Sea of Galilee about to fill up for 1st time since 1992; dam opening possible

Israel’s main source of freshwater swells to just 21 centimeters under upper red line; experts expect lake to be full by early May, but Water Authority casts doubt

View of the Sea of Galilee as it seen from the beach promenade in the northern Israeli city of Tiberias, on January 30, 2020. (David Cohen/Flash90)
View of the Sea of Galilee as it seen from the beach promenade in the northern Israeli city of Tiberias, on January 30, 2020. (David Cohen/Flash90)

Israel’s largest freshwater lake, the Sea of Galilee, rose by six centimeters (2.3 inches) over the rainy weekend, and after a particularly abundant winter could become full for the first time in 28 years.

According to officials who measure the water level every day, the level was at 209.01 meters (685.73 feet) below sea level Sunday, just 21 centimeters (8.26 inches) below the “upper red line,” above which the lake would be in danger of overflowing.

Rain since early January has been so plentiful that the water level rose 3.12 meters (10.23 feet), and will continue to rise over the next few weeks as snow melts on peaks in the Golan Heights and steadily flows into the lake.

Another factor is the week-long Passover holiday currently being celebrated, during which water isn’t pumped from the Sea of Galilee — the water is considered not kosher for Passover since the lake could contain leavened wheat products, or hametz.

Experts cited by Hebrew-language media said the water level was expected to hit the upper red line of 208.8 meters below sea level in the first few days of May, for the first time since February 1992.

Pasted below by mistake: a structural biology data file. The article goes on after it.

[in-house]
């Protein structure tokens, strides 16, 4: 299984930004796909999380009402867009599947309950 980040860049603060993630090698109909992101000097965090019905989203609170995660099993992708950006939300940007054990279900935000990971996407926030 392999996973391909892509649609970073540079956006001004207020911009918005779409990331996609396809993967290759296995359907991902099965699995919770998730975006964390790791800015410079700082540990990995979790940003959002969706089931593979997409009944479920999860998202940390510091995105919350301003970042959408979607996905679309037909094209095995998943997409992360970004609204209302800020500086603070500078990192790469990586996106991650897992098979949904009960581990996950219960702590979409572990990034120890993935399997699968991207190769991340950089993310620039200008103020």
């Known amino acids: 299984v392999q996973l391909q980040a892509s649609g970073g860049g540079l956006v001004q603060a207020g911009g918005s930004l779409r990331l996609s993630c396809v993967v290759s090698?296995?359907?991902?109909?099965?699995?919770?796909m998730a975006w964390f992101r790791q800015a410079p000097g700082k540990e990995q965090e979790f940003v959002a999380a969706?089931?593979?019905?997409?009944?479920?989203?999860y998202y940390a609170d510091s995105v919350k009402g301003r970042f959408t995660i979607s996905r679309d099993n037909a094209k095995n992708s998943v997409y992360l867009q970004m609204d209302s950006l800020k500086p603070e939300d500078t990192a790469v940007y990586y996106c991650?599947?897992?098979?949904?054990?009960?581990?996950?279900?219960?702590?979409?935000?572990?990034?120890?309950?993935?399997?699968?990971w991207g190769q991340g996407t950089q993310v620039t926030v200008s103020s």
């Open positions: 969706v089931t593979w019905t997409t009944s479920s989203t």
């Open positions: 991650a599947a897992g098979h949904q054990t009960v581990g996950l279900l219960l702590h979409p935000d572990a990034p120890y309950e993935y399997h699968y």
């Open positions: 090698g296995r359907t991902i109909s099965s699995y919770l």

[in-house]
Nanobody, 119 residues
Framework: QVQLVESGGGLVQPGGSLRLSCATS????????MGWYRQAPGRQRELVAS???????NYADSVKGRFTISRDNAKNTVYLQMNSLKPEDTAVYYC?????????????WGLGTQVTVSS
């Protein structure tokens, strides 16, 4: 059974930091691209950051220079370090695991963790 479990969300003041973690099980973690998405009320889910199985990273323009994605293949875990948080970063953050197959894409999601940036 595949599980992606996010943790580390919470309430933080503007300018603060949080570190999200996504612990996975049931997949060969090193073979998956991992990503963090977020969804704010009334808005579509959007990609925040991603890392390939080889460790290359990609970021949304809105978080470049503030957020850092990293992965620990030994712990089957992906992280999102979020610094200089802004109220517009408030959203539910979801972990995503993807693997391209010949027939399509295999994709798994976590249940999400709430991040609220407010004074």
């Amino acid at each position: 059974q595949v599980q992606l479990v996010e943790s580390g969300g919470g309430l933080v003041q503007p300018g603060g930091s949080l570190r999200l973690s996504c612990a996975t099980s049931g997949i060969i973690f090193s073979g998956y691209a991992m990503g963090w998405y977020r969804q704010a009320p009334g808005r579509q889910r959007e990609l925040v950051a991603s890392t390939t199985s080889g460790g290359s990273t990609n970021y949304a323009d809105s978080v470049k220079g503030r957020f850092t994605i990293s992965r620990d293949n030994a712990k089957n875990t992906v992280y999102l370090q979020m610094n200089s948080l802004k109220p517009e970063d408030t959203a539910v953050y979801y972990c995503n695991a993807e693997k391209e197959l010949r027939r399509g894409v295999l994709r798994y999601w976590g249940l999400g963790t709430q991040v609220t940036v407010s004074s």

That means authorities could intervene and open a dam at Kibbutz Degania, allowing water to flow into the Jordan River. That has only happened twice — in 1969 and in 1992 — since the dam was built in 1931.

But Uri Schor, spokesman for Israel’s Water Authority, cast doubt on that scenario Sunday, saying that barring an unexpected development, the dam wouldn’t be opened this year.

“We are in April, a month typically without serious rain. Only an event of unseasonable rain will maybe force us to open the dam, but according to our calculations that isn’t supposed to happen,” he told the Kipa news website.

“Soon the river flow will slow down and the weather will become warmer and the water will start evaporating,” he added. “This is a chance that soon the amount of water leaving the lake will be equal to the amount added to it, meaning the water level will stop rising.”

Schor recalled that in 2004, when the water level was eight centimeters below the upper red line, the Degania Dam wasn’t opened.

Schor in February told The Times of Israel that the chance of the dam being opened was 50%.

As recently as 2018, the Water Authority warned that the Sea of Galilee was drying up as a result of low rainfall, and warned that it was approaching the “black line,” after which damage to the water quality from silt and other problems is likely to begin.

Schor said that Israel generally has a water shortfall, but the situation was getting worse due to population growth and other factors. Blaming climate change, he said, “We get less and less rain on average in recent years, and before last year there were five years of severe drought, mainly in the north and the Sea of Galilee.”

But the recent surge has caused local residents’ joy to overflow.

“I’ve lived in Tiberias all my life and I can’t remember weather like this. It’s a feeling of wonder, like something magical is happening,” said Shimi Ben-Nissim.

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